At a recent House hearing, FCC Chairman Tom Wheeler was asked whether the Commission would consider regulating websites and social media as a strategy in fighting terrorist propaganda over the Internet. In response, Chairman Wheeler rejected the option of blocking Internet speech, stating he was “not sure [FCC] authority extends to picking and choosing among Web sites.”
This was clearly the correct response. Beyond falling outside of the FCC’s statutory authority, regulation of Internet websites would face serious First Amendment problems. Even assuming that the interest in combating radicalization proved compelling, there is no way the Supreme Court would find such limits on Internet speech to be narrowly tailored to this objective. As the Supreme Court has repeatedly recognized, the way to combat hateful and false speech is not through government limits on speech, but through counter-speech.
Chairman Wheeler’s response echoes his other recent commitments to refrain from regulating Internet content. A few weeks ago, he announced that the FCC had no plans to extend cable and satellite TV regulations to Internet video. And this week, he reassured Mark Zuckerberg that the FCC had no plans to regulate social media. Instead, Chairman Wheeler asked Mark Zuckerberg to censor radical Facebook content on a voluntary basis.
Putting aside the inappropriateness of a high-ranking government official coercing a private entity into doing an agency’s bidding, how ironic that Chairman Wheeler would make such a suggestion to Zuckerberg, when the FCC has prohibited broadband providers from engaging in the very same conduct. Under the FCC’s network neutrality rules, which preclude broadband providers from blocking “lawful” Internet content, broadband providers are deprived of the right to filter objectionable content, even in the case of terrorist propaganda.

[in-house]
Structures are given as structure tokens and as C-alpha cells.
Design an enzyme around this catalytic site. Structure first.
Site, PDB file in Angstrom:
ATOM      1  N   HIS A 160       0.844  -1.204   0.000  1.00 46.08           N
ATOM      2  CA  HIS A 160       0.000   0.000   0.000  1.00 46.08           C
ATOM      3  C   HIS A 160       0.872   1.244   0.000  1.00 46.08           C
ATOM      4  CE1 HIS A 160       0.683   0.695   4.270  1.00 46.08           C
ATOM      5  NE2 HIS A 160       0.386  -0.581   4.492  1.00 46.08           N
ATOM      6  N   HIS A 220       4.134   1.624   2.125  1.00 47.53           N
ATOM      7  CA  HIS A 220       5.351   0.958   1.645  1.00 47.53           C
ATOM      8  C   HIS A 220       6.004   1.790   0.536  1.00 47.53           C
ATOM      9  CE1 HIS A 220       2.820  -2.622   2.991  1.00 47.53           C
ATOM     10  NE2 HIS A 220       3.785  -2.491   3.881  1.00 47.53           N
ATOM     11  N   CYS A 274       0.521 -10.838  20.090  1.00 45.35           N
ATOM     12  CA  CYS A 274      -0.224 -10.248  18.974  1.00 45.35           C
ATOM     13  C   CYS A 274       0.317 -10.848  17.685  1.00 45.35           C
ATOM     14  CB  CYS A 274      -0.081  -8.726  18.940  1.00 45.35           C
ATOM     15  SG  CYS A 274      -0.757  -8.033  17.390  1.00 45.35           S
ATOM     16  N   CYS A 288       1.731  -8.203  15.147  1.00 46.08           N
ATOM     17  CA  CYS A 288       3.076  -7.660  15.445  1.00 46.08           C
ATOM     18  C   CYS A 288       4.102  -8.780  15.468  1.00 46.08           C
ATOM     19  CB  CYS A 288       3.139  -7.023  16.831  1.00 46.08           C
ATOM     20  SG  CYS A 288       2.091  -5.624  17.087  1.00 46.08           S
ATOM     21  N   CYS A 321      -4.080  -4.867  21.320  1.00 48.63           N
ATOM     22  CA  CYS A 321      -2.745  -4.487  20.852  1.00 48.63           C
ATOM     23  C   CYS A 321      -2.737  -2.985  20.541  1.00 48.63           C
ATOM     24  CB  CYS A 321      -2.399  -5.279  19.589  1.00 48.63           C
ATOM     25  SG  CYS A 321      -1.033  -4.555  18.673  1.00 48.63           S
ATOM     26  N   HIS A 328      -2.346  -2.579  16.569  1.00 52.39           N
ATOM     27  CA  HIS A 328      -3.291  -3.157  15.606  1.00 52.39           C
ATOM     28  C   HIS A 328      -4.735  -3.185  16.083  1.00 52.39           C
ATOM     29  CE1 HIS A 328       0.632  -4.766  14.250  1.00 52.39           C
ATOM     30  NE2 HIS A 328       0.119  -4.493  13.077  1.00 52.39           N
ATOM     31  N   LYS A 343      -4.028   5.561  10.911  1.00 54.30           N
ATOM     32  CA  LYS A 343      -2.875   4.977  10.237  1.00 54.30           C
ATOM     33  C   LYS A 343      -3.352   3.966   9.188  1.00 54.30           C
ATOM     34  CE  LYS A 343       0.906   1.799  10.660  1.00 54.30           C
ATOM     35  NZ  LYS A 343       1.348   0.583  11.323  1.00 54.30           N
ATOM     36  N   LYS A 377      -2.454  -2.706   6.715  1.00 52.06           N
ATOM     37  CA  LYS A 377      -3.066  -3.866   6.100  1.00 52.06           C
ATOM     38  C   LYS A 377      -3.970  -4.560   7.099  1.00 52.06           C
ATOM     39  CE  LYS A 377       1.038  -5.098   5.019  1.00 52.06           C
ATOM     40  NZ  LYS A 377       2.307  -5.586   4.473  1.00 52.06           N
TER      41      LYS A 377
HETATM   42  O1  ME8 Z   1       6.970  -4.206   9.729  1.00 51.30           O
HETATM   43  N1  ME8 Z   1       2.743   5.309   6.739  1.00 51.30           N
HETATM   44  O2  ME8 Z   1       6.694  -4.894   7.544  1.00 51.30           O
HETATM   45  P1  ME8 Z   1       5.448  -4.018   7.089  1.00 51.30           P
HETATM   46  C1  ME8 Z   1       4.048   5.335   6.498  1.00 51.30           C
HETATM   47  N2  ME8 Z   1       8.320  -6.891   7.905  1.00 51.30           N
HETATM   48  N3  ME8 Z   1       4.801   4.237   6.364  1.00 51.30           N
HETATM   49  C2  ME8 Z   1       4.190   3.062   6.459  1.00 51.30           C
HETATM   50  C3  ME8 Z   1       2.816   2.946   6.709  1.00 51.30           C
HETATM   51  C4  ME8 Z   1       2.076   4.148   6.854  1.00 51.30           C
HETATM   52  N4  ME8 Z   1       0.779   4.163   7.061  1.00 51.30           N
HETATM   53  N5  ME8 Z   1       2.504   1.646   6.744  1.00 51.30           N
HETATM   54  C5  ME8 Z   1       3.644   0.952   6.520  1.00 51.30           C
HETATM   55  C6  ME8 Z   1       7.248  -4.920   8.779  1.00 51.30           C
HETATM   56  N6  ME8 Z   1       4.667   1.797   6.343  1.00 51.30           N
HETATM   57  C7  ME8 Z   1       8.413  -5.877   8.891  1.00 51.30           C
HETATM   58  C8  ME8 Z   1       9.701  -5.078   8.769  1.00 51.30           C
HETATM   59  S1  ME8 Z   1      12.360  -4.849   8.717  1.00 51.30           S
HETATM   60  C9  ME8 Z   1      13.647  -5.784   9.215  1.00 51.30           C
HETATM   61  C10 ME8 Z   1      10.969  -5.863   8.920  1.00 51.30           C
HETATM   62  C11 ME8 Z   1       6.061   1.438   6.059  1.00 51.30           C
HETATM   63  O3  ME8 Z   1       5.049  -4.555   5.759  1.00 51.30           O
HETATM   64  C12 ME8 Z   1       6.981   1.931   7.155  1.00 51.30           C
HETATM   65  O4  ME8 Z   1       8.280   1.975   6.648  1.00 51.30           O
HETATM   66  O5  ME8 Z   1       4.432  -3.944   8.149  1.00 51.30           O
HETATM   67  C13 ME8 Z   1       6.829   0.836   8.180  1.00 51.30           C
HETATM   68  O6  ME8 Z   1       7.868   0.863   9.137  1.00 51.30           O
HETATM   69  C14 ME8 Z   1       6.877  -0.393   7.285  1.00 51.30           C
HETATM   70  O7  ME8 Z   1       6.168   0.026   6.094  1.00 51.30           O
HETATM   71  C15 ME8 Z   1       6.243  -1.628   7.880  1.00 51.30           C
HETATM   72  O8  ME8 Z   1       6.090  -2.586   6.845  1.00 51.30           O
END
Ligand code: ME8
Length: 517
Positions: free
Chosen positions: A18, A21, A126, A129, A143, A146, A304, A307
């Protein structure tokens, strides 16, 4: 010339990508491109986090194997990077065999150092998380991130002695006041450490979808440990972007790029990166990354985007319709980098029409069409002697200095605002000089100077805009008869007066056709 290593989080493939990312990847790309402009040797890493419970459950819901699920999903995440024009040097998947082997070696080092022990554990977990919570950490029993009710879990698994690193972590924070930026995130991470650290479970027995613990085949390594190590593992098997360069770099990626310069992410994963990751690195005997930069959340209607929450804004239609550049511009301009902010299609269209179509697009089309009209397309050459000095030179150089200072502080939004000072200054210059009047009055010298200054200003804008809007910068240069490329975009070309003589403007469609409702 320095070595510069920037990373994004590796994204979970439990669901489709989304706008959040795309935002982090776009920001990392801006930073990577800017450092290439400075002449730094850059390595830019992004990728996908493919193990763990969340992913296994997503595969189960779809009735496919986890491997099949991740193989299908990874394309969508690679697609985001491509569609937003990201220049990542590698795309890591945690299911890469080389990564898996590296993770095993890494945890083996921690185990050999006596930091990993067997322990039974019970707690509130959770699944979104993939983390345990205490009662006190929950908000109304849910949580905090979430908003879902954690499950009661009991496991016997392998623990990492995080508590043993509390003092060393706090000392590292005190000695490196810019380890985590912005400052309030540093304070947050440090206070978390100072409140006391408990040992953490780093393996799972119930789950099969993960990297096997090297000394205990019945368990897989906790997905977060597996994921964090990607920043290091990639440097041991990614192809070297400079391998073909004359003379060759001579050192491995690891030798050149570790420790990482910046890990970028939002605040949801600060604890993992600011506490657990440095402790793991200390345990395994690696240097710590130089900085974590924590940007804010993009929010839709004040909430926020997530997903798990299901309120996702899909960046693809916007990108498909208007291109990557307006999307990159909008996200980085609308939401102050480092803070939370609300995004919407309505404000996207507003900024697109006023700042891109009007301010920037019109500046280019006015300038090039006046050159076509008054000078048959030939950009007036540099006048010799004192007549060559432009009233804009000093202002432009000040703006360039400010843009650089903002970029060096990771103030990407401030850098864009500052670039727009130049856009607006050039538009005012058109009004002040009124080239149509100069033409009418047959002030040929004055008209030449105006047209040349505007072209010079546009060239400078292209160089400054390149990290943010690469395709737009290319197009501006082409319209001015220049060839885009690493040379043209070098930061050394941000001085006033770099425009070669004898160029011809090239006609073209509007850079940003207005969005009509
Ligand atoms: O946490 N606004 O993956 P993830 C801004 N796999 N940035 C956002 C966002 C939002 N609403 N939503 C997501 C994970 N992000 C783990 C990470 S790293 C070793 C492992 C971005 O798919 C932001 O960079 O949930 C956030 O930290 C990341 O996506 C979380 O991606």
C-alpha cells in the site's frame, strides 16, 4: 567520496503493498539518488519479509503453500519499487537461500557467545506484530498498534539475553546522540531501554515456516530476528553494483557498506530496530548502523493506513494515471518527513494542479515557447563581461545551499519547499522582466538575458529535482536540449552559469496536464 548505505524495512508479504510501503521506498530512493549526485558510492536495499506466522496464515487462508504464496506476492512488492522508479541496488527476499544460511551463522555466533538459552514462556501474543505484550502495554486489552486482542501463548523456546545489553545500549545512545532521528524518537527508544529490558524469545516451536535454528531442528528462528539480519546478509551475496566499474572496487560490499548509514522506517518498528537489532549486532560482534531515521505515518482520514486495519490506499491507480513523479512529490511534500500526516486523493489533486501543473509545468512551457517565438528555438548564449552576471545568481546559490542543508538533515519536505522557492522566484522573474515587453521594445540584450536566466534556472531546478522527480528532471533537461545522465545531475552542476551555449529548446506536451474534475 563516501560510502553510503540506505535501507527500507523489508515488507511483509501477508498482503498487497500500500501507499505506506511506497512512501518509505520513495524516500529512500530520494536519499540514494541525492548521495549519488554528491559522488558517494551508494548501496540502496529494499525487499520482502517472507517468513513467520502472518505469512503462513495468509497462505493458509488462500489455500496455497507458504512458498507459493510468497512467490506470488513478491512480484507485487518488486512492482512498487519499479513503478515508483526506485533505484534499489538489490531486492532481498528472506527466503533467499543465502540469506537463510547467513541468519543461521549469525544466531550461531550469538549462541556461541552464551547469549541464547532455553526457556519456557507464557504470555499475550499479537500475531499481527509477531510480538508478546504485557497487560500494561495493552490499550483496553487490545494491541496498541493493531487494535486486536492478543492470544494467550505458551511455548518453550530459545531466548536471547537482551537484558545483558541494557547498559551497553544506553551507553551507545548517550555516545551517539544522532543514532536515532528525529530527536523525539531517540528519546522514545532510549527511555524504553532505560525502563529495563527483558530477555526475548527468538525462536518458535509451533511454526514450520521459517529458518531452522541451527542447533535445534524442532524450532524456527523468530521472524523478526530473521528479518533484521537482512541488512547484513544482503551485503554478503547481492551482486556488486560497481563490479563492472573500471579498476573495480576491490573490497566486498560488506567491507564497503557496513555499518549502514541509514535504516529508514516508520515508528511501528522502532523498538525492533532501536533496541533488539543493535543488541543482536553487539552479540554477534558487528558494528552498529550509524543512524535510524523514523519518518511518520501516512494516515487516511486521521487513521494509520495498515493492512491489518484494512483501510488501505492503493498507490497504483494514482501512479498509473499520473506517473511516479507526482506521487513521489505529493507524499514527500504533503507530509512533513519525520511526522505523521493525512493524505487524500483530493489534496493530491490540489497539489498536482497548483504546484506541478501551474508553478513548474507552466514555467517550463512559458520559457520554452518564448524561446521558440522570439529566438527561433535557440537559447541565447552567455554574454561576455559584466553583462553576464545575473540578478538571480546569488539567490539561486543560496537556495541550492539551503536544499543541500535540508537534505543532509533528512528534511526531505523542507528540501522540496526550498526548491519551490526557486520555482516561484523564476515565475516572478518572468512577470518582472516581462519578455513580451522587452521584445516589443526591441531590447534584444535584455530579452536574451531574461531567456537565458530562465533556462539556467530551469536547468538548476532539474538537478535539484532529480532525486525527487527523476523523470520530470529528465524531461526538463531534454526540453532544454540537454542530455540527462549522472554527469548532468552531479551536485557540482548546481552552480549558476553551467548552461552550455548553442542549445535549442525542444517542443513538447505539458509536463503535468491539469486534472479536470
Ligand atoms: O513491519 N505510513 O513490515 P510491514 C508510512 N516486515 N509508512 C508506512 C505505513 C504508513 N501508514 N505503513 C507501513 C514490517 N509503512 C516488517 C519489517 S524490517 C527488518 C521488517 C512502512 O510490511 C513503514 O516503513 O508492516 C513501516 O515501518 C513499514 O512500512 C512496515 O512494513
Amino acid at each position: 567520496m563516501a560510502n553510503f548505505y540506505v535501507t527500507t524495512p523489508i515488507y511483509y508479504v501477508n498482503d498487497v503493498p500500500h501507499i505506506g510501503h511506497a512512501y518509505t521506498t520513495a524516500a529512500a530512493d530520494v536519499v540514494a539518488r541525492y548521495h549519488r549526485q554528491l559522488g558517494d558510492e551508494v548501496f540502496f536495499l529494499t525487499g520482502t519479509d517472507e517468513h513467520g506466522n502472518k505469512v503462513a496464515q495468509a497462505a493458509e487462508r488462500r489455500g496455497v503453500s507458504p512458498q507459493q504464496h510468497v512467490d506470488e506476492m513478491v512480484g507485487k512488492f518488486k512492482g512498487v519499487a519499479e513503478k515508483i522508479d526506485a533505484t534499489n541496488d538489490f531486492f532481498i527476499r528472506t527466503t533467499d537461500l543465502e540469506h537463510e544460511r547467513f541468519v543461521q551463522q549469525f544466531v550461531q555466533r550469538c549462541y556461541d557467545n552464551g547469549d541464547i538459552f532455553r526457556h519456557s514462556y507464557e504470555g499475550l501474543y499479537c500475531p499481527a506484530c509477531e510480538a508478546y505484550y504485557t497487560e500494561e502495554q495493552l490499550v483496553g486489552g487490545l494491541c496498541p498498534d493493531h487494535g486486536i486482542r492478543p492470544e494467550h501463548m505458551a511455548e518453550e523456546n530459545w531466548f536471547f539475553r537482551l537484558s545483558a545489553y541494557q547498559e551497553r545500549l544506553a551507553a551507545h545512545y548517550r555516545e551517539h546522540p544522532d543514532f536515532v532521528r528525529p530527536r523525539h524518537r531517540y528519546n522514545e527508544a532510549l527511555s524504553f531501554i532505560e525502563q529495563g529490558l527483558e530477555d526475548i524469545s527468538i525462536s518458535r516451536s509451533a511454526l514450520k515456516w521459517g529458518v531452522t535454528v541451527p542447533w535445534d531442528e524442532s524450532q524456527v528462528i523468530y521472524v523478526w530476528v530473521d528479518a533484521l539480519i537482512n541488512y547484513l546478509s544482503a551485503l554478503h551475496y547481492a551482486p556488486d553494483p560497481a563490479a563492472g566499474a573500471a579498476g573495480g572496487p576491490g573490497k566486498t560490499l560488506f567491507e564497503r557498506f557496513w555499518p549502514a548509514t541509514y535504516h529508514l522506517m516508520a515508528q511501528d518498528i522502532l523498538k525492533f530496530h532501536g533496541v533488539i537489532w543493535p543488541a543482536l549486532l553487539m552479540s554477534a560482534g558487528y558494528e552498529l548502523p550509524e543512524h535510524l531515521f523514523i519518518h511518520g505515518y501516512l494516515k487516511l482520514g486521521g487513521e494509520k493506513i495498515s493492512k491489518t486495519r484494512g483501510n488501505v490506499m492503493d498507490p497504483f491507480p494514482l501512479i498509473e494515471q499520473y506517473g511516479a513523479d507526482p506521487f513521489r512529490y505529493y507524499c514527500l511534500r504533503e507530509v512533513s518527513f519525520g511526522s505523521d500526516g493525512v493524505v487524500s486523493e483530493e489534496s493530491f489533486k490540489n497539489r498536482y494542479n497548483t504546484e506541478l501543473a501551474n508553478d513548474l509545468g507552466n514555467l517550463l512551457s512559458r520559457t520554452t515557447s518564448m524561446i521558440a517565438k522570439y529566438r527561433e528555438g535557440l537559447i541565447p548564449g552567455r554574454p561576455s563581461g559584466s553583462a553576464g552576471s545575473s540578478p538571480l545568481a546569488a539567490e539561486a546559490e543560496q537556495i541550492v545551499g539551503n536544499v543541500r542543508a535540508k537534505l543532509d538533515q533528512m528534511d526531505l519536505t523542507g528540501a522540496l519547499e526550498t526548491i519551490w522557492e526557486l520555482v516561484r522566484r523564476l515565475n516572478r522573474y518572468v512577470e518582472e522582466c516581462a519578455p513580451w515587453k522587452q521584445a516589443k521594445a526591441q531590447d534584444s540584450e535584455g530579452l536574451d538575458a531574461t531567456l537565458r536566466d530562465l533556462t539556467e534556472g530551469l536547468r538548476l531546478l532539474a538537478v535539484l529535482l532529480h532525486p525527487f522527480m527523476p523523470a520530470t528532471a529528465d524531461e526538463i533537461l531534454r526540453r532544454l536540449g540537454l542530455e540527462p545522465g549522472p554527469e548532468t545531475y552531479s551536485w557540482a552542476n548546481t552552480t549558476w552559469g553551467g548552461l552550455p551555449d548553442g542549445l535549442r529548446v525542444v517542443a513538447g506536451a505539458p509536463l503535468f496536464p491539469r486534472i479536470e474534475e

Facebook’s status as a social media service rather than a broadband provider does not justify the Chairman’s raised eyebrow. As we explained in a previous column, broadband providers are First Amendment speakers just like websites, and would be fully in their right to exercise editorial discretion over their networks. That they have traditionally declined to interfere with content, choosing instead to operate as “dumb pipes,” does not cancel out this right, and is itself a form of editorial discretion. Nor do all Internet providers companies transmit data indiscriminately: companies like Jnet and Dnet block content on the basis of religious values, and now find their business models in peril.
The Commission must recognize that coercive network neutrality is in tension with the Chairman’s statements affirming websites’ rights to control their own content. By refusing to recognize the editorial rights of broadband companies, the FCC embroils itself in a constitutional problem reminiscent of the Fairness Doctrine, and wastes Internet providers’ valuable role in the fight against Internet radicalization.
We are encouraged by Chairman Wheeler’s commitment not to deprive Facebook of the right to police hateful content on its network. But beware, Mark Zuckerberg: Do not assume that the FCC will spare your company in the future. An FCC victory in the network neutrality challenge, currently under review by the DC Circuit, may embolden the FCC to pursue further regulations of Internet content. If broadband providers are mere dumb pipes, there is no reason to leave other conduits of speech, like search engines and social networks, unregulated.
Regulating broadband is a slippery slope. Chairman Wheeler’s recent statements on websites and social media are small consolation as long as the network neutrality rules remain in place. The FCC must recognize its own hypocrisy and preserve a strong and open Internet by leaving it alone.